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 August 7, 2006VOL. 44, NO. 14Oakland, CA
News in Brief

Sheltering the victims of war

 

Father Beshara Suleiman stands in a kindergarten that is also a bomb shelter at St. Maron Catholic Church in Gush Halav, Israel, near the Israeli-Lebanese border. The village, which has a large proportion of Christian residents, was hit by three Hezbollah rockets, July 18.

CNS PHOTO/DEBBIE HILL

Sister Marie-Therese, director of St. Vincent Catholic School in Beirut, Lebanon, makes rounds July 23, checking on refugees who have fled the violence in southern Lebanon. The nun opened the school to hundreds of Shiite Muslims seeking shelter from Israeli bombs.

CNS PHOTO/NORBERT SCHILLER

Native American event
An unidentified man leads the procession during a Mass at the 67th annual Tekakwitha Conference in Burien, Wash., July 20. The conference brought together Catholics representing 150 American Indian tribes.

CNS PHOTO/MIKE PENNY


Funding to study umbilical-cord stem cells

CHICAGO (CNS) -- A cancer researcher at an Illinois Catholic medical center is working to grow umbilical-cord stem cells in his laboratory, using $1.4 million in funding from the Illinois Regenerative Medicine Institute. Dr. Patrick Stiff of Loyola University Medical Center in Maywood hopes to use the umbilical-cord stem cells to develop new immune cells, to be implanted first in mice and then, if all goes well, in humans.

Although the Catholic Church is not opposed to stem-cell research using umbilical-cord blood, the Catholic Conference of Illinois opposes the institute, which Gov. Rod Blagojevich created last year with a $10 million line item in the budget after he failed to win legislative approval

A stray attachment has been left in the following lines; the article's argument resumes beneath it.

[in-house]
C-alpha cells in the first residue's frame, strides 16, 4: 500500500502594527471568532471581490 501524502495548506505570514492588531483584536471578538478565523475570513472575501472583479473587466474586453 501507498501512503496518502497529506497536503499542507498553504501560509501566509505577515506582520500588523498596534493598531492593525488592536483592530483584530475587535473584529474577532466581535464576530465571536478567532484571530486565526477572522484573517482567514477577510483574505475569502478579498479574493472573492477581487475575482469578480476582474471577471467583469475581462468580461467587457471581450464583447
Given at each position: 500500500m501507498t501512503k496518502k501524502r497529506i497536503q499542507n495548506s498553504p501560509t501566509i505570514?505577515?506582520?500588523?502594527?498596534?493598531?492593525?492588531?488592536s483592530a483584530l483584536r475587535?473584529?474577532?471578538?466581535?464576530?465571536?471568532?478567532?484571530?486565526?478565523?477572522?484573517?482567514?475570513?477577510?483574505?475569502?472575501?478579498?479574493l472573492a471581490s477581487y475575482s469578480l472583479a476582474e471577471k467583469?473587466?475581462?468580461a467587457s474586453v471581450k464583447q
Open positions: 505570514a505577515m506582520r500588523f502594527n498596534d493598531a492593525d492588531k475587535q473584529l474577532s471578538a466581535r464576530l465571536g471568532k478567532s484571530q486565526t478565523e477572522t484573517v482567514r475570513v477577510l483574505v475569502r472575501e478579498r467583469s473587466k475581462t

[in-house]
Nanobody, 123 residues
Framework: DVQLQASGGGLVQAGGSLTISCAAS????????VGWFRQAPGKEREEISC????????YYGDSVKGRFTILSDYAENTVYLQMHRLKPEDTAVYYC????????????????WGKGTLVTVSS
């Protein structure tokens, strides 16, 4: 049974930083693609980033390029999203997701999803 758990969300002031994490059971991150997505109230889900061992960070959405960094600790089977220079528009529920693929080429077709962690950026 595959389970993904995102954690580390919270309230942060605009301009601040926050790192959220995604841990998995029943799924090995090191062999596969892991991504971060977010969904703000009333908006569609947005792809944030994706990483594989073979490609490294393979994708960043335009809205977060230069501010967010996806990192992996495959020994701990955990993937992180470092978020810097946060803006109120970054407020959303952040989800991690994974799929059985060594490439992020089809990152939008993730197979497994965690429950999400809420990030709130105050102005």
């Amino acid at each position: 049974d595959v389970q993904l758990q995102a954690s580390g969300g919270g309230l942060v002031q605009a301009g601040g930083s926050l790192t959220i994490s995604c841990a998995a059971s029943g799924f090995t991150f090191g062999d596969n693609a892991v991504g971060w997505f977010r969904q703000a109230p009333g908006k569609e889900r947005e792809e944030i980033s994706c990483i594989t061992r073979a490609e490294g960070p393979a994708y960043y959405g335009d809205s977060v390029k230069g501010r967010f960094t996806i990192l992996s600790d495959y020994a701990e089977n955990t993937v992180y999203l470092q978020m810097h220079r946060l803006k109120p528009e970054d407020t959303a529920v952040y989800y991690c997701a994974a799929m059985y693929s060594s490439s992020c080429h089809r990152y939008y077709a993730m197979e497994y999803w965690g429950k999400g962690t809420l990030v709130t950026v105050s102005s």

Bush’s stem-cell bill veto called ‘eminently worthy’
WASHINGTON (CNS) -- Surrounded by children who were once frozen embryos and the families who adopted them, President George W. Bush announced July 19 that he had used the first veto of his five-and-a-half-year administration on a bill that would have expanded federal funding of embryonic stem-cell research

Among the Catholic leaders praising the veto was Supreme Knight Carl A. Anderson of the Knights of Columbus, who said the stem-cell bill was “eminently worthy of President Bush’s first veto.”

Conscience rights of Oregon pharmacists
PORTLAND, Ore. (CNS) -- A new policy of the Oregon Board of Pharmacy has prompted objections from pro-life supporters because it requires pharmacists who refuse to fill prescriptions for drugs such as the morning-after pill or medications used in assisted suicides to actively help a patient find a pharmacist who will dispense the drugs even if it violates their consciences. Pharmacists who fail to refer would be guilty of “unprofessional behavior,” the board said in the new policy statement, approved June 7.

Early Christian manuscript discovered in Irish bog
DUBLIN, Ireland (CNS) -- The discovery of an early Christian manuscript in an Irish bog has been called the “Irish equivalent to the Dead Sea Scrolls” by specialists from the National Museum of Ireland. Fragments of an ancient church manuscript were found July 20 when an alert bulldozer driver spotted an unusual object in the earth of Ireland’s southern Midlands. The find appears to be a Psalter dating from the early Middle Ages.

Priest to be extradited to U.S. for abuse charges
ROME (CNS) -- Italy’s high court confirmed an order authorizing the extradition of Salvatorian Father Joseph J. Henn to Arizona to face child molestation charges. The extradition papers were forwarded to the Italian Ministry of Justice, which should order the priest’s transfer to the United States within 45 days. Father Henn was arrested in Rome in July 2005 after a request by the U.S. Justice Department that he be extradited to face charges in Maricopa County, Arizona.